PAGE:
The Beats & Bars program underlines the difficult violence-prevention work that still needs doing in our backyard | Bleader

The Beats & Bars program underlines the difficult violence-prevention work that still needs doing in our backyard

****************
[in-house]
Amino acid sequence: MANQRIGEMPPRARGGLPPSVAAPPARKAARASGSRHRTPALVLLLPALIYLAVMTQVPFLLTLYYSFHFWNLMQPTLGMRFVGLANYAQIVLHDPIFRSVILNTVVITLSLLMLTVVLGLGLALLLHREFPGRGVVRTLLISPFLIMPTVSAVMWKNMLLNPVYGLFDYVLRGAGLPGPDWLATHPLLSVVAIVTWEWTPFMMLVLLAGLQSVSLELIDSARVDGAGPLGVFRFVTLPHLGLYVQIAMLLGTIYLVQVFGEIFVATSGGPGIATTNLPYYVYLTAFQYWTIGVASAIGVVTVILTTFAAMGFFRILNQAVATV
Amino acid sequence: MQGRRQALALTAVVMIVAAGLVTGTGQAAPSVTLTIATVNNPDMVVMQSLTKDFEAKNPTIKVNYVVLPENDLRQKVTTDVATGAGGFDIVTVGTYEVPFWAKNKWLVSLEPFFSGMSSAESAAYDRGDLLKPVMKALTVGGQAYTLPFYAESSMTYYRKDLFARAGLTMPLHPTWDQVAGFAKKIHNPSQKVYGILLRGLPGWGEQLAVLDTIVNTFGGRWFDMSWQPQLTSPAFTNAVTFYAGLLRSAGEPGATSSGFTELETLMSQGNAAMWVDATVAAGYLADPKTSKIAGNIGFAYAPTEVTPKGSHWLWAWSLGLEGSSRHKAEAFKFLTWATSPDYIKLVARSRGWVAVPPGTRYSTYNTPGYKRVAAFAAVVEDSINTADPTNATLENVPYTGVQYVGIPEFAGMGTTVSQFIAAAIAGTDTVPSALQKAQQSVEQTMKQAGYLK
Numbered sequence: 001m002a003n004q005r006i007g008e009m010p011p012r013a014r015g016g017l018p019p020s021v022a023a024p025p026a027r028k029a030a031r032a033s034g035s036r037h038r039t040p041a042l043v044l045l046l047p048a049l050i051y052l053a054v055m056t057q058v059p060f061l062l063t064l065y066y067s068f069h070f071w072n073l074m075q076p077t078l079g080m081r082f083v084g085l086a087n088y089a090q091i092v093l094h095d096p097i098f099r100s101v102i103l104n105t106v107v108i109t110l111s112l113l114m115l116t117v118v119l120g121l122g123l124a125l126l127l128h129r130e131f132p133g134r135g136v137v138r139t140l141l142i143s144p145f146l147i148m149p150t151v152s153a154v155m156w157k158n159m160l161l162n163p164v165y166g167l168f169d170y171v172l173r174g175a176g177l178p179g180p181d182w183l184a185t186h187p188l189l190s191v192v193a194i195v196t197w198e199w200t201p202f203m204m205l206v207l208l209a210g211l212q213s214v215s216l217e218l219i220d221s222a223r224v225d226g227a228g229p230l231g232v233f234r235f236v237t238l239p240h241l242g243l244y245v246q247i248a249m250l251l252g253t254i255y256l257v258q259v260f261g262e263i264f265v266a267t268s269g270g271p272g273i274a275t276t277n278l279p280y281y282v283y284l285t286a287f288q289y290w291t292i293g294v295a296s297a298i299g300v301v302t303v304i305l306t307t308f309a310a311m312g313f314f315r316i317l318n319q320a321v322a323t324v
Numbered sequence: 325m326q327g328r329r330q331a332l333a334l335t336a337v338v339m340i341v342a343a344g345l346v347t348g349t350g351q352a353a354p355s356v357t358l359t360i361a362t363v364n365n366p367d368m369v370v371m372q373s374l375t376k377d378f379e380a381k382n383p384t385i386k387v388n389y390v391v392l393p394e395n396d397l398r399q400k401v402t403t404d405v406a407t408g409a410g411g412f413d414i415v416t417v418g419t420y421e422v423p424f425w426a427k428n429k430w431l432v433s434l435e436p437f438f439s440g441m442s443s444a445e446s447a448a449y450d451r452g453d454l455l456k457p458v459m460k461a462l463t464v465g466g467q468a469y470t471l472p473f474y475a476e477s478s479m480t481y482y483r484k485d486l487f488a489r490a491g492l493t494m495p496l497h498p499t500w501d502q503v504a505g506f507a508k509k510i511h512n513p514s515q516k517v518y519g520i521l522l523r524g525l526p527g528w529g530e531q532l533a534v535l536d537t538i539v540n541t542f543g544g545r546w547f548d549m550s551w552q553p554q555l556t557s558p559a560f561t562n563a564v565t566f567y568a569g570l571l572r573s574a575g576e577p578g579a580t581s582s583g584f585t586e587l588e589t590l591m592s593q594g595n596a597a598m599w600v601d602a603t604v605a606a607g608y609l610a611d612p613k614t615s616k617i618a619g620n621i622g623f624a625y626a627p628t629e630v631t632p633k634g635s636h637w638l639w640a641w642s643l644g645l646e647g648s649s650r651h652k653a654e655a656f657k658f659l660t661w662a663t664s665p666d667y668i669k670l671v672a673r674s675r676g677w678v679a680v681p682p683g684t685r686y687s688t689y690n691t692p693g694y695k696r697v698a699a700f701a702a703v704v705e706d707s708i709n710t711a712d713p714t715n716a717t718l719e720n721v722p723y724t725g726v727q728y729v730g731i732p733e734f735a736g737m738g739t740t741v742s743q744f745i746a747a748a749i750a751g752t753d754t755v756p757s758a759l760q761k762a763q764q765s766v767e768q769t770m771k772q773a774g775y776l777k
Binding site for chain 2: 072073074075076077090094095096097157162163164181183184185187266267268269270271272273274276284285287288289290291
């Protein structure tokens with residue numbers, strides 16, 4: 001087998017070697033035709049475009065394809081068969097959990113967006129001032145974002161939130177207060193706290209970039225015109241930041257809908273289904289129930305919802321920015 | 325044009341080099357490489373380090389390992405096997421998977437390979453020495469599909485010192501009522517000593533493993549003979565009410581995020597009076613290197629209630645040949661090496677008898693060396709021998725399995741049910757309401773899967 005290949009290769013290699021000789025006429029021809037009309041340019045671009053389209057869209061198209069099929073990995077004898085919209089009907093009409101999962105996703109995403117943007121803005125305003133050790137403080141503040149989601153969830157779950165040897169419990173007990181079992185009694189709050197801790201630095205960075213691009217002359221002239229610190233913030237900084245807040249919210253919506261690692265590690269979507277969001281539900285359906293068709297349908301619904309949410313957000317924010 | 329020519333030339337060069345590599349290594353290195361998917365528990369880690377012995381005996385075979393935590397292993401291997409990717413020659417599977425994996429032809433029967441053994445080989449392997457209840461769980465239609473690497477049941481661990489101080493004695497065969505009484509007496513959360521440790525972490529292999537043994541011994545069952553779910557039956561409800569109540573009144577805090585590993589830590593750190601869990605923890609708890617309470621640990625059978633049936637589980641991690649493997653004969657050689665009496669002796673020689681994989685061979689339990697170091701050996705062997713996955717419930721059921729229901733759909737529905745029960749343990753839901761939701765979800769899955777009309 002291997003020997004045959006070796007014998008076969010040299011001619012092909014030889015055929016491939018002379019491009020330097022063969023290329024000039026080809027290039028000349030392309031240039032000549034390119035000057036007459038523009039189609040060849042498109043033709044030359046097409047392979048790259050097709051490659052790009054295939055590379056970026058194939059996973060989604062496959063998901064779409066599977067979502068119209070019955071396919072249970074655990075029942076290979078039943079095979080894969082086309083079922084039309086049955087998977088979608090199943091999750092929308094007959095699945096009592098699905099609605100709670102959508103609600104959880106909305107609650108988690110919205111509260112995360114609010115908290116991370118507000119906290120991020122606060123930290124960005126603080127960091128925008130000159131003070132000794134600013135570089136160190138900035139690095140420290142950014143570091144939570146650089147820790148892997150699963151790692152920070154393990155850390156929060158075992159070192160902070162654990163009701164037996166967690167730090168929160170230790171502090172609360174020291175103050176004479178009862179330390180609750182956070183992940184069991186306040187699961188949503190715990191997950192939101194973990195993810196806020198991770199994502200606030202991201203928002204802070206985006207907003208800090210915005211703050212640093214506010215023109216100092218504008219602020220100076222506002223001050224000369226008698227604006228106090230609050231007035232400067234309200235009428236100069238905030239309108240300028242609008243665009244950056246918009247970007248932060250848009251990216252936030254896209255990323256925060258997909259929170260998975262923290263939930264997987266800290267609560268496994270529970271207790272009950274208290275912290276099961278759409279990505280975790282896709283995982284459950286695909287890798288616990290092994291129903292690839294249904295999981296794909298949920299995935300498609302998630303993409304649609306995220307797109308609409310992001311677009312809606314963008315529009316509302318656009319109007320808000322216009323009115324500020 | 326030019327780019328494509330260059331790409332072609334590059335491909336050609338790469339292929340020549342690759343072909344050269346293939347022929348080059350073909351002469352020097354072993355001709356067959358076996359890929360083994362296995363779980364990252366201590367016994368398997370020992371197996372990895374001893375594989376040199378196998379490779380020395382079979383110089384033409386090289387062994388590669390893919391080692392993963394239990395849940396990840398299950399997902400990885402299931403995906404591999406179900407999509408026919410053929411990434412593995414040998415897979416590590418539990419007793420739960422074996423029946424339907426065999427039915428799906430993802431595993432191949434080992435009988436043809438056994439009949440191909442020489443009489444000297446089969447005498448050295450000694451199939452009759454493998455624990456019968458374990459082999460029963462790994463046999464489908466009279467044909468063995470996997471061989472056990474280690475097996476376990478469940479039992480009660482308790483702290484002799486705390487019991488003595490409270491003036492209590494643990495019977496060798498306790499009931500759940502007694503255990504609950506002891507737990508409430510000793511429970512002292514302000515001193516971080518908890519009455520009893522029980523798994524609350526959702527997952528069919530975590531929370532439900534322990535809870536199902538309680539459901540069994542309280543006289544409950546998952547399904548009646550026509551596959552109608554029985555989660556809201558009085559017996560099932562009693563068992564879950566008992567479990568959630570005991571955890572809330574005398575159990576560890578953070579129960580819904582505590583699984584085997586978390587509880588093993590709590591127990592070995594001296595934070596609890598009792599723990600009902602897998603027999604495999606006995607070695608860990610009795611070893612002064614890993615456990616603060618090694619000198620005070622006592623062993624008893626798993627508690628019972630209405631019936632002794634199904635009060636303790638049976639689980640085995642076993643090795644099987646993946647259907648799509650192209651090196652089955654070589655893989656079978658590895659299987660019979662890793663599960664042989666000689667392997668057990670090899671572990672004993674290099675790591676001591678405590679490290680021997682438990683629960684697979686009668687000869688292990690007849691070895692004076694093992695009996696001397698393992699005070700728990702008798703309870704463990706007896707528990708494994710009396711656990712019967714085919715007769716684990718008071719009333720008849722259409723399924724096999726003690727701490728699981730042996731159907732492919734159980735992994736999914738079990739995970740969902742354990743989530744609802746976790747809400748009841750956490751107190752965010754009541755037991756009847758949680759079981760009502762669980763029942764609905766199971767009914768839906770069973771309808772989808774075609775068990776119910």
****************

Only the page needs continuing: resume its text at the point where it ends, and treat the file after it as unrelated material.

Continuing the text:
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Shootings in Chicago have spiked this year—we're on track to pass 700 homicides, a number the city hasn't seen in nearly two decades. It's difficult to get your head around so much loss of life, to say nothing of the psychological and emotional damage it does to the communities that endure the worst of it. The students involved in Little Village Lawndale High School's Beats & Bars rap about growing up in neighborhoods wracked by violence on the music-making program's second release of the year, the new The Lawndale Project. Atop the plinking synths of "I Don't Know," three of the students—their stage names are Bravo, Lil Miah, and Godspeed—grimly note that a kid has to "keep my head down low / Because they bound to snatch a soul." After Trump's election win, it seems harder than ever to know where we can focus our attention in order to make real progress on this front—especially with Breitbart News chairman Stephen Bannon, a prominent exponent of racial hatred, in line to become senior White House adviser. As the rappers of Beats & Bars show, we still desperately need to help our neighbors.




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